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Barnier urges transparency and trust in Brexit talks

Barnier urges transparency and trust in Brexit talks

Michel Barnier - Photo © European Union 2017 - Source EP

(STRASBOURG) - Speaking to a European Parliament plenary session which underlined the EU's united approach, chief negotiator Michel Barnier called for transparency and trust in the upcoming Brexit talks with the UK.

MEPs were debating the guidelines for the EU negotiations with the UK that the European Council agreed at its last meeting in April. EU Council President Donald Tusk, Commission President Juncker also took take part in the debate.

In a statement, M Barnier said he wanted a deal with the UK, not a deal against the UK at the talks, which would begin immediately following the UK's 8 June national election.

He underlined the importance of trust. He promised the EU institutions would be transparent throughout the negotiations, permanently available to exchanges before every negotiating round, and that there would be substantial transparency with all the negotiating documents.

MEPs also underlined the importance of unity and trust so that, in parallel to negotiations being carried out for an 'orderly withdrawal' of the UK, EU reform can take place to respond to the concerns of EU citizens and make the benefits of European integration more visible.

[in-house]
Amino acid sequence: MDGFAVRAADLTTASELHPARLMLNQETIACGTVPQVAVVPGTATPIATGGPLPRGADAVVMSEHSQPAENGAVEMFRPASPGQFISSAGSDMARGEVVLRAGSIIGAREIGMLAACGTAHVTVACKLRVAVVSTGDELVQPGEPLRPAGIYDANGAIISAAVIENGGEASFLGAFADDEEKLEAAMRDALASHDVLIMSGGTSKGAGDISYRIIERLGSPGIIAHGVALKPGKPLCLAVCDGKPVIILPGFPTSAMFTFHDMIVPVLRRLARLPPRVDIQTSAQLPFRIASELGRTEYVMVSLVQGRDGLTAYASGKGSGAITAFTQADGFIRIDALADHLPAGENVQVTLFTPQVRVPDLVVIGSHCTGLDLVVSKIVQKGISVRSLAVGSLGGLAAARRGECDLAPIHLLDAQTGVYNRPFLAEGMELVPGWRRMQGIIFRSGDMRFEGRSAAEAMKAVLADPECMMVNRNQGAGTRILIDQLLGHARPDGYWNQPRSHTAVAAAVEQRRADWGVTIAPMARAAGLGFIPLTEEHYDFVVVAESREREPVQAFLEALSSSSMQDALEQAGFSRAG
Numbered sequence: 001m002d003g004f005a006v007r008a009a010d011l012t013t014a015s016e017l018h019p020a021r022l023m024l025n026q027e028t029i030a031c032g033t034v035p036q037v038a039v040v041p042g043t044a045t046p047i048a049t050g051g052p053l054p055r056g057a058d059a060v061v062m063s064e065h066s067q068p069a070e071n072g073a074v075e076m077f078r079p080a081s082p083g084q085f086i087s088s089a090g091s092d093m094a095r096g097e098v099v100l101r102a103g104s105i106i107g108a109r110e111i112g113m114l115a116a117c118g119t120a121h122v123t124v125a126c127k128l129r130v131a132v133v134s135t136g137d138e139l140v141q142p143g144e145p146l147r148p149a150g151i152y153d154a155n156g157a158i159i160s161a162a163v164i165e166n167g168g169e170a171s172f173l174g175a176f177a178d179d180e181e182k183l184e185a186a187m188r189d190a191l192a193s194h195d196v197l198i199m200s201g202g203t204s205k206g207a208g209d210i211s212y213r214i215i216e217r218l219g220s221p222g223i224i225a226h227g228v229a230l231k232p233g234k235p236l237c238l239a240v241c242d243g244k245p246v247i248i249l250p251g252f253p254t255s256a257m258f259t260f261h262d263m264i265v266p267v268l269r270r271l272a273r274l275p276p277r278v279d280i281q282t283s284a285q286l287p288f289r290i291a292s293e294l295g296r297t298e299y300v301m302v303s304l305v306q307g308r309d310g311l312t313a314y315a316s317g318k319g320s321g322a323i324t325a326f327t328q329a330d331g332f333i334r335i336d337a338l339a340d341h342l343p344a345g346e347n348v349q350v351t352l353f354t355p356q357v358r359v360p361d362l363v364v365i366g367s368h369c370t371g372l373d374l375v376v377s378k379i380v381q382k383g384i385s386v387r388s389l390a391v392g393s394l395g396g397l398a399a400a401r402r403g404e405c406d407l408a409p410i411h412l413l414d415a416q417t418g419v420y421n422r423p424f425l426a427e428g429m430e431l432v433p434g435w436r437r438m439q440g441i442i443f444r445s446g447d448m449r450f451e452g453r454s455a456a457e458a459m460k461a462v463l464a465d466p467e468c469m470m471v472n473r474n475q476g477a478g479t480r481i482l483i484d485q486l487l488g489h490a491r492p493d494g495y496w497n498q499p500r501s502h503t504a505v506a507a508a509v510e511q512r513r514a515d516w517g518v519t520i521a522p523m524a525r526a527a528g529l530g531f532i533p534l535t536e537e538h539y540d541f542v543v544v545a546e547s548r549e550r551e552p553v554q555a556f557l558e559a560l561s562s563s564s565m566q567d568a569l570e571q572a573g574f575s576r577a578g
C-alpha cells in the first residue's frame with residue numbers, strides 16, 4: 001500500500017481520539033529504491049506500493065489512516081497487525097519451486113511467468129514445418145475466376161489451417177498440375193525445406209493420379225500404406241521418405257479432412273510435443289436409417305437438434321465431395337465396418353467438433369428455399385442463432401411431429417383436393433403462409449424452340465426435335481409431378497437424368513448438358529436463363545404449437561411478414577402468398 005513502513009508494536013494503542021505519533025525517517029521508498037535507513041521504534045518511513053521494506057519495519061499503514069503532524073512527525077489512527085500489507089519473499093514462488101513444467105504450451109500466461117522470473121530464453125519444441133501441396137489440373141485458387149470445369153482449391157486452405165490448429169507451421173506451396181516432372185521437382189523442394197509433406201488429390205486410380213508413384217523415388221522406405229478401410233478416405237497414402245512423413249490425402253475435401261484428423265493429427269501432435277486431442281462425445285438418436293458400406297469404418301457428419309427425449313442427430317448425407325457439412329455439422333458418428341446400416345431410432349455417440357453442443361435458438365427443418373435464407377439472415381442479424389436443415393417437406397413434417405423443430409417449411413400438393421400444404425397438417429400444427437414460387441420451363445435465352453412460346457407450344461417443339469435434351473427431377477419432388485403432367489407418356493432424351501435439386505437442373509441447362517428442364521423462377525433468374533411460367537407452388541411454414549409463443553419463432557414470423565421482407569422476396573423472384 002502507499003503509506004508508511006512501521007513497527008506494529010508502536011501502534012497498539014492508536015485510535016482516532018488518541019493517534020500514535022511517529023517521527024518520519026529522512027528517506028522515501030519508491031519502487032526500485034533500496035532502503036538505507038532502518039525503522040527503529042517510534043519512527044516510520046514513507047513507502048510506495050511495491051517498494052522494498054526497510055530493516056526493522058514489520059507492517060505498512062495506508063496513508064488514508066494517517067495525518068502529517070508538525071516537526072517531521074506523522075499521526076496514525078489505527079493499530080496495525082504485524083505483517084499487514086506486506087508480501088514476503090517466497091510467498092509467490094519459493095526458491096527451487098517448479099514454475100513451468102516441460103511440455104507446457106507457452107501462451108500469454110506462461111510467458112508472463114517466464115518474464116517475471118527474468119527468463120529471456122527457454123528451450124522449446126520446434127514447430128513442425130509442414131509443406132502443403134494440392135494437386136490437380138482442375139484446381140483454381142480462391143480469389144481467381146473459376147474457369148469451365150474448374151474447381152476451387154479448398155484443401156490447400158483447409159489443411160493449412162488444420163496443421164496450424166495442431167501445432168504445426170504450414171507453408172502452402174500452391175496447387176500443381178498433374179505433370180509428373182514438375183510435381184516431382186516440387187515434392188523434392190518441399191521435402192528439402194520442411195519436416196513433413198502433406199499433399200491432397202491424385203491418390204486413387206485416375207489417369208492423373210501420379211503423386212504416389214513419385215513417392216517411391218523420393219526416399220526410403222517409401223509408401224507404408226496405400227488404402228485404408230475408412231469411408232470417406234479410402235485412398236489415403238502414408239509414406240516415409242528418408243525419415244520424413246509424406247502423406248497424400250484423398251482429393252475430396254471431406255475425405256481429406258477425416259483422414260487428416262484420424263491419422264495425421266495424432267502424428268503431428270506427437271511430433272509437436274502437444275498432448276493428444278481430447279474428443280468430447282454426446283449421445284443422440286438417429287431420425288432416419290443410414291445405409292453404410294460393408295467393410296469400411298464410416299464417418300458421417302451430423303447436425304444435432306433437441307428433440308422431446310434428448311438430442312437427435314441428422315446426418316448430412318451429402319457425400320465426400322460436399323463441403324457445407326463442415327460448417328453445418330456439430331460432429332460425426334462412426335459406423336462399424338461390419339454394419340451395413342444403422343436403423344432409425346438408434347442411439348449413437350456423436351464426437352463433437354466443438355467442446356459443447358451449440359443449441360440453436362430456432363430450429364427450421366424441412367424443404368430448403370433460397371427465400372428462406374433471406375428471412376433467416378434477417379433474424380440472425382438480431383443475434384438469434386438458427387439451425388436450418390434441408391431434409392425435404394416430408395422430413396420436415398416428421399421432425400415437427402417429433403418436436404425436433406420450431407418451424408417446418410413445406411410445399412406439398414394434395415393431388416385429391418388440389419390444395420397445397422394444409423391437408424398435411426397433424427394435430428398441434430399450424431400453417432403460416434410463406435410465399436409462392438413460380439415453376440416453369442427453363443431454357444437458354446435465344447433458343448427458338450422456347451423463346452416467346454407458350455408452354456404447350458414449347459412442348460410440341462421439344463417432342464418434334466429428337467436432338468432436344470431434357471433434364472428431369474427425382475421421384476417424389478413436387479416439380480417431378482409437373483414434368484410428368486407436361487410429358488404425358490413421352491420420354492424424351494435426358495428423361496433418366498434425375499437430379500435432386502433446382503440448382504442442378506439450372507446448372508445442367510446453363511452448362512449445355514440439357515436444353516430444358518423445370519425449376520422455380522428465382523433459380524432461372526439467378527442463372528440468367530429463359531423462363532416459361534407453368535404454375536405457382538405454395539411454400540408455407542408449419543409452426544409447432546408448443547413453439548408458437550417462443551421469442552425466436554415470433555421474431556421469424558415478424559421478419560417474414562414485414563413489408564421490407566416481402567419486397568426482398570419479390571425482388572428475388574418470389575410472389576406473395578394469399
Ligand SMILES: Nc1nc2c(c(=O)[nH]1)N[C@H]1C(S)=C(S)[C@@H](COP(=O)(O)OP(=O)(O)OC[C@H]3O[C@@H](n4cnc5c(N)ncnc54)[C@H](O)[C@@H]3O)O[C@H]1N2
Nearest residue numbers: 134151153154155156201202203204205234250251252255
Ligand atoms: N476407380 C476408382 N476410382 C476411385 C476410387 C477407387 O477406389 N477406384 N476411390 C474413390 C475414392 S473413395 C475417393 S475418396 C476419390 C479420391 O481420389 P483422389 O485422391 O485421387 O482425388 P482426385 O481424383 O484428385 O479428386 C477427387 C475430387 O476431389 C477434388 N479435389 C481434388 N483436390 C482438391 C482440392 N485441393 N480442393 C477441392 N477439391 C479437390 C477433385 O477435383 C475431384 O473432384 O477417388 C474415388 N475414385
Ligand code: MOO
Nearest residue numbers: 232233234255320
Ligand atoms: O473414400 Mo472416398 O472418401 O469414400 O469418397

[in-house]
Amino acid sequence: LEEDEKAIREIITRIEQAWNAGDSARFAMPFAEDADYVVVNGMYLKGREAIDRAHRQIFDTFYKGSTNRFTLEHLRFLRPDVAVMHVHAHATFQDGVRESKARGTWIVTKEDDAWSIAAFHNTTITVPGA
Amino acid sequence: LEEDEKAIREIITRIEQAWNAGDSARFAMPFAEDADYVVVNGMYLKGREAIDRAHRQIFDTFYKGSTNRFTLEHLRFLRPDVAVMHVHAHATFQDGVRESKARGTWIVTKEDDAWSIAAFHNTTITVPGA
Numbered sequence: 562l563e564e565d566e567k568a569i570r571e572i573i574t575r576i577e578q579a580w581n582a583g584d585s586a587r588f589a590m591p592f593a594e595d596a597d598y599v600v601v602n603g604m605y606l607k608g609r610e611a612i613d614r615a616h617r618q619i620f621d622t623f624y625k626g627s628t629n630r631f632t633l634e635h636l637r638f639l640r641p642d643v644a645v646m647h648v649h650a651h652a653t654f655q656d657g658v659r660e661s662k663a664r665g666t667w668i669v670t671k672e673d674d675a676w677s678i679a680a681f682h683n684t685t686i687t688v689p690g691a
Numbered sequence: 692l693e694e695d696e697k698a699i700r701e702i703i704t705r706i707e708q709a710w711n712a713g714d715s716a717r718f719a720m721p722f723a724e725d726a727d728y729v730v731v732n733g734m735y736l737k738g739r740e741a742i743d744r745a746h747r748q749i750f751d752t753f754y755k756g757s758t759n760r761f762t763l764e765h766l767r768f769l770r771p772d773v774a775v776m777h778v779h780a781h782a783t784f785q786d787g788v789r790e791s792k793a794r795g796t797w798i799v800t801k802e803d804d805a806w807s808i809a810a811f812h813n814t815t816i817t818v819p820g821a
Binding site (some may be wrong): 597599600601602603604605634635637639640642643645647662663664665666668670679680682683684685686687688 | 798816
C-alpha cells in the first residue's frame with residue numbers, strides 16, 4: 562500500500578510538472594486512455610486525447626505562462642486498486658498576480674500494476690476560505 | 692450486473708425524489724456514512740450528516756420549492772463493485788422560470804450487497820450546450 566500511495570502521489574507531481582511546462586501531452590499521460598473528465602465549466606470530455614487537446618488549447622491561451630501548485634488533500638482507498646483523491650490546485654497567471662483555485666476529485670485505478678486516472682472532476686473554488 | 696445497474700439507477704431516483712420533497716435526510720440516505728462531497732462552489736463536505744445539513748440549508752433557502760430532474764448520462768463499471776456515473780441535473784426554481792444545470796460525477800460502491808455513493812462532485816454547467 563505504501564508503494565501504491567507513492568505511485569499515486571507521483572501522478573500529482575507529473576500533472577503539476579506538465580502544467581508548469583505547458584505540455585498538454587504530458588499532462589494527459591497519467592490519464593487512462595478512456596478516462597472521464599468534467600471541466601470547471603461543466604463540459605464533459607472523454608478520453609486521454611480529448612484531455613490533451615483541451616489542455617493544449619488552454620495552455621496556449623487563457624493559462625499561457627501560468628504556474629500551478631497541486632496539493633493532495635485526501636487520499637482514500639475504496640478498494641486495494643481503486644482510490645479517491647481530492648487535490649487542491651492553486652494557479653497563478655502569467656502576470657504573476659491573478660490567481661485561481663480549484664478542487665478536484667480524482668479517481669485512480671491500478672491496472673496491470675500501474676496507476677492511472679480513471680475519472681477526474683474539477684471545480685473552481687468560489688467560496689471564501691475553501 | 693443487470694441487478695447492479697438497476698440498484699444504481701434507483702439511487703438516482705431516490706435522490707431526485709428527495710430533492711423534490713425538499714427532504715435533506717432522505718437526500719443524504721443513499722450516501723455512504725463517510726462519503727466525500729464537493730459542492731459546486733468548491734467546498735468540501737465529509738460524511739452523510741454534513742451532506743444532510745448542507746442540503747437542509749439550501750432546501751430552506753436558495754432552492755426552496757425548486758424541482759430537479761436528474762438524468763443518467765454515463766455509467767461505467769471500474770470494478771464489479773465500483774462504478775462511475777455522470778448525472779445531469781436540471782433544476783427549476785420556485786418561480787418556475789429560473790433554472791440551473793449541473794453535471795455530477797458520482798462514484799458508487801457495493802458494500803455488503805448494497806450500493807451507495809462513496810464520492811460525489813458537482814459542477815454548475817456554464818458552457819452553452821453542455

Council president Tusk presented to MEPs the Guidelines for Brexit negotiations agreed by the Member States at the summit on 29 April. He welcomed the alignment with the 'red lines' set by the European Parliament. The detailed negotiating mandate will be presented for adoption at a European Council summit on 22nd May.

The Parliament's debate focused on the basic principles underpinning future negotiations, as recalled by Michel Barnier. These included that no negotiations on the future relationship between the EU and the United Kingdom can take place before "tangible progress" is made; a guarantee of the rights of European citizens affected by the UK's decision to leave the EU; upholding the Northern Ireland peace process (including the absence of physical border between Ireland and Northern Ireland); and that the United Kingdom should respect all the financial commitments made as a Member State.

The vote in the UK for Brexit and the rise in populism in some countries, in particular in France and the Netherlands, should be a lesson to European leaders, said many MEPs.

Whilst the victories of pro-European parties was welcomed, several MEPs urged not to pat ourselves too much on the back; "populism and nationalism are not dead".

More than ever, it is vital to listen to citizens and respond to their expectations in defining the future of the EU: social and environmental norms in a globalised world, organisation of the job market in the face of technological challenges, taxation and the security of European citizens must all be taken into account, said MEPs.

Further information, European Parliament

Steps of the procedure

European Parliament resolution: Negotiations with the United Kingdom following its notification that it intends to withdraw from the European Union

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